Global grain market update
AS HARVEST of the drought-ravaged winter crop gains momentum here in Australia, European farmers are also very busy, juggling their summer crop harvest program with the seeding of winter cereals, oilseeds and pulses.
The European summer was warmer and significantly drier than normal, and these unseasonal weather conditions have continued into the autumn. While this is the ideal scenario for the summer crop harvest, it is seriously hindering the planting and emergence of the winter crops in affected areas.
The driest regions stretch from northern France, through Belgium, northern Germany and into the drought declared areas of eastern Poland and the northern Czech Republic.
Further south, most of the Balkan countries, especially Romania, are also extremely dry. The seeding program is lagging behind the five-year average in all of these regions.
At the moment the rapeseed crop has been the most affected, decreasing the area sown and compromising emergence. The optimal sowing window is August through to mid-September in most of Europe and good early development before the winter sets in is critical for good yields.
Forecasts suggest that the European Union rapeseed area could be down as much as 8 per cent compared to last season.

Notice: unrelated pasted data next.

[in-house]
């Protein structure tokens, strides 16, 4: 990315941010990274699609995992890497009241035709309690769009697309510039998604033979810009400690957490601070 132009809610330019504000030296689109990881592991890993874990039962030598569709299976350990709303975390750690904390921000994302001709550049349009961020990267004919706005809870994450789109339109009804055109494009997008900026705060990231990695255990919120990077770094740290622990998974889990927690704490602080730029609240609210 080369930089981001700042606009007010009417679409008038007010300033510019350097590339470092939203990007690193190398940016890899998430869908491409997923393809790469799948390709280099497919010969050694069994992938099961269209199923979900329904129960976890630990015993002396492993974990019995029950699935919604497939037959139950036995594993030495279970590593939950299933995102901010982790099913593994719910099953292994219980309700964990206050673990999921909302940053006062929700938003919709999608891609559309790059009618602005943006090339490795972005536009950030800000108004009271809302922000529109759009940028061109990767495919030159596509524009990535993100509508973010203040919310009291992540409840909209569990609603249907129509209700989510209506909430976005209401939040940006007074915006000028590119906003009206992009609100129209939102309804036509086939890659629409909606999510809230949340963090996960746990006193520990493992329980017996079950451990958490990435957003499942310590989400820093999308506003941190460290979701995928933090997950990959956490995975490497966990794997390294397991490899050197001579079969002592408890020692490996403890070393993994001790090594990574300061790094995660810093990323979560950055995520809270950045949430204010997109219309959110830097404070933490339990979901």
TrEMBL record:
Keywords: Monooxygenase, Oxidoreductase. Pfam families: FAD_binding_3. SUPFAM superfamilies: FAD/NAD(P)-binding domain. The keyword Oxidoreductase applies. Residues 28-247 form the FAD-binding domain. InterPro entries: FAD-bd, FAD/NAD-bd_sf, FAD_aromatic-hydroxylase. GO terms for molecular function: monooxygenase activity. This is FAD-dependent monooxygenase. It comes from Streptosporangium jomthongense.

The planting window for cereals is still open and the program is ongoing. The area planted to wheat is forecast to be more than last year due to the higher price relative to alternatives. Add the swing from rapeseed and the program is significant. However, there is already talk of resowing in isolated pockets, due to extremely poor emergence.
Substantial rainfall is still required in many regions to ensure that the potential area is actually planted. The risk here is that temperatures start to drop, and it becomes very difficult to get into fields before the winter sets in, leaving some European countries well short of their intended crop area. It is far too early to be ringing any alarm bells but the potential impact on European production, global cereal supply and international grain prices is weighty.
Russia surprised the market by increasing its total 2018 grain production forecast to 109mmt. This is up from 106mmt last month after favourable weather in Siberia led to a better than expected wheat harvest in the east of the country.
The higher production number leaves 38–39mmt of total grains available for export this season.
Making news here in Australia over the past week was the 420kmt added to the shipping stem in Western Australia.
This is the largest weekly increase since May this year but quite small relative to a more normal season. Some cargoes may be destined for the east coast but some are undoubtedly going international. This confirms that Australian exporters are seeing demand at current FOB values and are competitive against Black Sea offers.
Asian demand and the expected slowdown in Black Sea offers should ensure that Australia continues to pick up the required demand for an export wheat and barley program that will be the lowest in many years and could easily be under 8mmt and 3mmt respectively.
OVERSEAS MARKETS: Grain Brokers Australia’s Peter McMeekin said the demand for Aussie wheat and barley in Asia could be under 8mmt.